Red Cabbage

True Blue Food Dye from Red Cabbage? See the Science!

Blue is the world’s favorite color — the cool hue of sea and sky — but you won’t typically find it in nature’s food pallet. In fact, most foods that appear blue are often a shade of purple. And no color is more difficult to reproduce and replace than blue. So when our researchers set out to find a natural blue pigment, the challenge was real. 

In this 60-second video, see how our scientists at Mars Wrigley, the Mars Advanced Research Institute (MARI) and a global team of research partners discovered a natural blue beauty — in red cabbage! 


Color is one of the most critical properties of food. It not only influences our attraction to foods, but also our perception of flavor. It also impacts nutritional value and can give us important warning signs about food safety. And so many of our Mars products just wouldn’t be the same without their distinctive, fun colors, which are loved by so many.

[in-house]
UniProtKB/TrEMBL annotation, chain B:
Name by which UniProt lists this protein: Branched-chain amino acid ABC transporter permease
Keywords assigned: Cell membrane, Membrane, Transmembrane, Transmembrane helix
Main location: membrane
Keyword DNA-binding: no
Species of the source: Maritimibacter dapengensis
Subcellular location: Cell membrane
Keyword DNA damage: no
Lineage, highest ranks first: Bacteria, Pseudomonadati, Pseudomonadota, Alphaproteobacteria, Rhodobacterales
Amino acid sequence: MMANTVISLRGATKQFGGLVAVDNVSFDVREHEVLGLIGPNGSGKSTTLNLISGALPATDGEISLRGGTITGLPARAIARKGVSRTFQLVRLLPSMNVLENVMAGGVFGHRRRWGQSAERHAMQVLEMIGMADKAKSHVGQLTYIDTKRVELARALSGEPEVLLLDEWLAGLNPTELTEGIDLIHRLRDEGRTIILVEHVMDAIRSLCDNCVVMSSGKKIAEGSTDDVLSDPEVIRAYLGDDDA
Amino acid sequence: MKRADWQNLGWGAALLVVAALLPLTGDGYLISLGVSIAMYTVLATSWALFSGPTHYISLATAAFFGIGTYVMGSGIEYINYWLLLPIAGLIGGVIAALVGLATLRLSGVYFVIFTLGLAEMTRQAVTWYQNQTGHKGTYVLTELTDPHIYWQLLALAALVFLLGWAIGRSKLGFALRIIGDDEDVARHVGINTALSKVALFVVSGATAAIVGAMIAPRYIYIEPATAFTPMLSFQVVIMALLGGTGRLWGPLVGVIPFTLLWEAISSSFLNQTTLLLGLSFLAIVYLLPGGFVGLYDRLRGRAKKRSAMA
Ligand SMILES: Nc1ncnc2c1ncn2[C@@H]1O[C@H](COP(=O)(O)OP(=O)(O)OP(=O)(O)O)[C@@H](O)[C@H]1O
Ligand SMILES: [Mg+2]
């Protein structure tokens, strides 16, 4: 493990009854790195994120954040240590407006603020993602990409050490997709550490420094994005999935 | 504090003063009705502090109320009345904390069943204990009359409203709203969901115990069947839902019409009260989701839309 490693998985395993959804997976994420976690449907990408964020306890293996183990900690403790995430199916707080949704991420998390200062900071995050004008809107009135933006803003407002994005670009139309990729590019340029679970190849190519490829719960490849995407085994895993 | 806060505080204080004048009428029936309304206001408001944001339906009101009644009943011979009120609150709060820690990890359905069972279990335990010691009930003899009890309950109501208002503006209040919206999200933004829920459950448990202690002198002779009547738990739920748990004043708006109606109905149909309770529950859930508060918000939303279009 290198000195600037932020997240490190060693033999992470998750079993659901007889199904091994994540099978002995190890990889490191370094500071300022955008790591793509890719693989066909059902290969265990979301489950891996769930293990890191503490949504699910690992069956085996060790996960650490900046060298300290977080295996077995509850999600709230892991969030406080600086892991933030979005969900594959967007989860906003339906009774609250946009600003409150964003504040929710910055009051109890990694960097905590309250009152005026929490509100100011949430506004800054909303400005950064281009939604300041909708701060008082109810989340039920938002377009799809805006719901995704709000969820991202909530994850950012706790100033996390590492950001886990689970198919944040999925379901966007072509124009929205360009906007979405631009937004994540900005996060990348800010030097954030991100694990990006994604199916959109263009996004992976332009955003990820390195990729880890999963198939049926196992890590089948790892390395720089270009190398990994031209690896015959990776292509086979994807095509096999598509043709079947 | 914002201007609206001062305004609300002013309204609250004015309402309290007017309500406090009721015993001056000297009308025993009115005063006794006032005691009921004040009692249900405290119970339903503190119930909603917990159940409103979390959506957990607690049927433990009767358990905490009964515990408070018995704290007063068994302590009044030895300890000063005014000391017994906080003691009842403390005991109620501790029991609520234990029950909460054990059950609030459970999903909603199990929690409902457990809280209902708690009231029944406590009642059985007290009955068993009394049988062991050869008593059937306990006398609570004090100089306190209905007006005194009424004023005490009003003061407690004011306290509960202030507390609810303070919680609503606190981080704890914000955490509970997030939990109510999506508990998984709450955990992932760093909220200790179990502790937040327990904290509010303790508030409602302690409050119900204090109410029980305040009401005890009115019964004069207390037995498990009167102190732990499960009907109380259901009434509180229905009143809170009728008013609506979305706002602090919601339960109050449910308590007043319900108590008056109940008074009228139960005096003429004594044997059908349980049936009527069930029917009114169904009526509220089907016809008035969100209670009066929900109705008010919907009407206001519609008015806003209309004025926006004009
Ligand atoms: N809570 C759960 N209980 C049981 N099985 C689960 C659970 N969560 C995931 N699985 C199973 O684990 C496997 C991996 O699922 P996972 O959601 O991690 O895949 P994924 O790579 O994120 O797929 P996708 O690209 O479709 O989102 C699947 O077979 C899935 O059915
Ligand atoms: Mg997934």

We know consumers want natural ingredients in their foods, but creating a natural blue food colorant as vibrant as its artificial counterparts has puzzled food scientists for years. And because blue is also fundamental for creating other colors, like green, it couldn’t be just any blue. If the tint wasn’t spot on, it made muddy, brown colors when mixed.

That’s why for more than a decade, Mars Wrigley, MARI and a global team of researchers have been working together to tackle this natural blue dye challenge. Interestingly, the solution came from something that actually looks red — a unique pigment called anthocyanin that’s sourced from red cabbage.

The research — which made the cover of Science Advances — was built on the latest science and technology, but also on collaboration. Watch the video to learn more about this and the discovery’s potential to truly transform the way the food industry approaches natural blue colorants.

Curious to find out more about our discovery? Read these blogs by John Didzbalis, Flavor & Sensory Science Lead at MARI, and Rebecca Robbins, Senior Principal Scientist at Mars Wrigley.